Beck and Woods have taken the very B-movie path story-wise, though. As 65's trailer made plain, this is a Frankenstein's monster of a film mashup, stitching together limbs from a stacked pile of other sources to fuel its narrative. The Jurassic Park and Jurassic World franchise, the Predator series, the Alien and Prometheus saga, Logan, The Last of Us, The Man Who Fell to Earth and, yes, A Quiet Place: they each earn more than a few nods, and never with subtlety. So too does Planet of the Apes, but the fact that 65 is set on earth all along isn't a late-picture twist. What else would the title refer to? That said, Beck and Woods begin their movie elsewhere, taking time-travel 65 million years backward out of the equation. Instead, Driver's pilot Mills ends up on our pale blue dot from a civilisation out there in space, and one more advanced during earth's Cretaceous period than humankind is today.
Turning in an Oscar-nominated performance, Bill Nighy (The Man Who Fell to Earth) comes to this sensitive portrayal of a dutiful company man facing life-changing news with a wealth of history; so too does the feature itself. Set in London in 1953, it's an adaptation several times over — of iconic Japanese director Akira Kurosawa's 1952 film Ikiru, and of Leo Tolstoy's 1886 novella The Death of Ivan Ilyich, which the former also takes inspiration from. That's quite the lineage for Living to live up to, but Nighy and director Oliver Hermanus (Moffie) are up to the task. The movie's second Oscar-nominee, Nobel Prize-winning screenwriter Kazuo Ishiguro, unsurprisingly is as well. Also the author of The Remains of the Day and Never Let Me Go, he's at home penning layered stories with a deep focus on complicated characters not being completely true to themselves. When those two novels were turned into impressive pictures, Ishiguro didn't script their screenplays, but he writes his way through Living's literary and cinematic pedigree like he was born to.
A man of no more words than he has to utter — of no more of anything, including life's pleasures, frivolities, distractions and detours, in fact — Williams (Nighy, Emma.) is a born bureaucrat. Or, that's how he has always appeared to his staff in the Public Works Department in London County Hall, where he's been doing the same job day, week, month and year in and out. He's quiet and stoic as he pushes paper daily, overseeing a department that's newly welcoming in Peter Wakeling (Alex Sharp, The Trial of the Chicago 7). It's through this fresh face's eyes that Living's audience first spies its central figure, adopting his and the wider team's perspective of Williams as a compliant and wooden functionary: a view that the film and its sudden diagnosis then challenges, as Williams does of himself.
Screenlife films such as Missing should be the last thing that moviegoers want. When we're hitting a cinema or escaping into our streaming queues, we're seeking a reprieve from the texts, chats, pics, reels, searches, and work- and study-related tasks that we all stare at on our phones and computers seemingly 24/7. (Well, we should be, unless we're monsters who can't turn off our devices while we watch.) There's a nifty dose of empathy behind thrillers like this, its excellent predecessor Searching, and the similar likes of Unfriended and Profile, however, that relies upon the very fact that everyone spends far too much time living through technology. When an on-screen character such as Missing's June (Storm Reid, The Last of Us) is glued to the gadget on their desk or lap, or in their hand — when they're using the devices that've virtually become our new limbs non-stop to try to solve their problems and fix their messy existence, too — it couldn't be more relatable.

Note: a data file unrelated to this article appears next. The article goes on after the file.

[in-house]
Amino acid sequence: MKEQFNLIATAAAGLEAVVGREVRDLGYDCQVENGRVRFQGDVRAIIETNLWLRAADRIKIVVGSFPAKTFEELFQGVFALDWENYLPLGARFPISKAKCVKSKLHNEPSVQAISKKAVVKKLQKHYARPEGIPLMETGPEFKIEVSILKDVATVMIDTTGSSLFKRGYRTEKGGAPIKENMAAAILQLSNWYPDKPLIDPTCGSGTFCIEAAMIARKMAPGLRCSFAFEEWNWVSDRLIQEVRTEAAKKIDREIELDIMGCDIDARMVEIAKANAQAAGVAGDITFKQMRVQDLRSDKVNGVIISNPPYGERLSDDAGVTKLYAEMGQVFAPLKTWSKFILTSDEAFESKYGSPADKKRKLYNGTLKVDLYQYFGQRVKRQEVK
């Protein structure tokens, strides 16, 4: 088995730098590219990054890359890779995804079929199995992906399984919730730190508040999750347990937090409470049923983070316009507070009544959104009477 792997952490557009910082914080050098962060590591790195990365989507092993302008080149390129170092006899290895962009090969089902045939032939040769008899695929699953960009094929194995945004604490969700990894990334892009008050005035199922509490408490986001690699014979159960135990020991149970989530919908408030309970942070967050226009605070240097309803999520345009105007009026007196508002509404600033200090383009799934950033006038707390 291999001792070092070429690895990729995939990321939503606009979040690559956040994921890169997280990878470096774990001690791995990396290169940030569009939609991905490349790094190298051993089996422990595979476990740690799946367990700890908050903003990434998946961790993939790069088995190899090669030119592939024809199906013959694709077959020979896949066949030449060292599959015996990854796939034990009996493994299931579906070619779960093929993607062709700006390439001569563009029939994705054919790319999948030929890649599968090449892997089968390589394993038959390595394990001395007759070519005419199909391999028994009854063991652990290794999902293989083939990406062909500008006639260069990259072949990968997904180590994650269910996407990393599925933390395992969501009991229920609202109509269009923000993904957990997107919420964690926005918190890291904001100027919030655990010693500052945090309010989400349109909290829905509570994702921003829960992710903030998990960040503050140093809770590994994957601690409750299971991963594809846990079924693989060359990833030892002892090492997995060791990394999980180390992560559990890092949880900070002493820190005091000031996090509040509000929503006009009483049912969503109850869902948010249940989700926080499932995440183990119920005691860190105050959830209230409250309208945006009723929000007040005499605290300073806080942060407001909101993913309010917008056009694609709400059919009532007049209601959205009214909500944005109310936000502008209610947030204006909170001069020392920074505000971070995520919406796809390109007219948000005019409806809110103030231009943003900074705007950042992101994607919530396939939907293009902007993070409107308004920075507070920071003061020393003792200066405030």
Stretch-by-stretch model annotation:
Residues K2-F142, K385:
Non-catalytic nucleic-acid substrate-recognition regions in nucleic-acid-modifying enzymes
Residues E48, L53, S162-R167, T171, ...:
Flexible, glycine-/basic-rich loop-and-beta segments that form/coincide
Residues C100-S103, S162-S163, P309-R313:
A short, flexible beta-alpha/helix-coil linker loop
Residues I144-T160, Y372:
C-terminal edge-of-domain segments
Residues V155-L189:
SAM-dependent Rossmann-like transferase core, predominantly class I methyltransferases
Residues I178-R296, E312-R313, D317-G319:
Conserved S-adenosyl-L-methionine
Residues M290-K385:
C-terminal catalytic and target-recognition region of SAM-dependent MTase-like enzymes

As Missing fills its frames with window upon window of June's digital activities, cycling and cascading through FaceTime calls, Gmail messages, WhatsApp downloads, Google Maps tracking, TikTok videos, TaskRabbit bookings, plain-old websites and more, it witnesses its protagonist do plenty that we've all done. And, everything she's undertaking feels exactly that familiar — like the film could be staring back at each member of its audience rather than at an 18-year-old who starts the movie unhappy that her mother Grace (Nia Long, You People) is jetting off to Colombia with her new boyfriend Kevin (Ken Leung, Old). That sensation remains true even though Missing's viewers have likely never had their mum disappear in another country, and their life forever turned upside down as a result. We've all experienced the mechanics behind what writer/directors Will Merrick and Nick Johnson (who make their feature debut in both roles after editing Searching) are depicting in our own ways, with only the vast power of the internet able to help.
A character drama about a West Texas woman who wins the lottery, but six years later has nothing to show for it except pain, alcoholism and burned bridges, To Leslie is all about English talent Andrea Riseborough's remarkable performance — famously so thanks to her Best Actress Oscar nomination for an indie film widely underseen until that nod of approval. Nothing can take away the power of the Mandy, Possessor and Amsterdam star's stunning portrayal. A spectacular performance is a spectacular performance regardless of what surrounds it. So, Riseborough's work in the debut feature from seasoned TV director Michael Morris (Better Call Saul, 13 Reasons Why, Brothers & Sisters) remains a gut-punch no matter the controversy around the campaign by high-profile names to help get her the Academy's recognition, with Kate Winslet, Edward Norton and Jennifer Aniston among those advocating for accolades.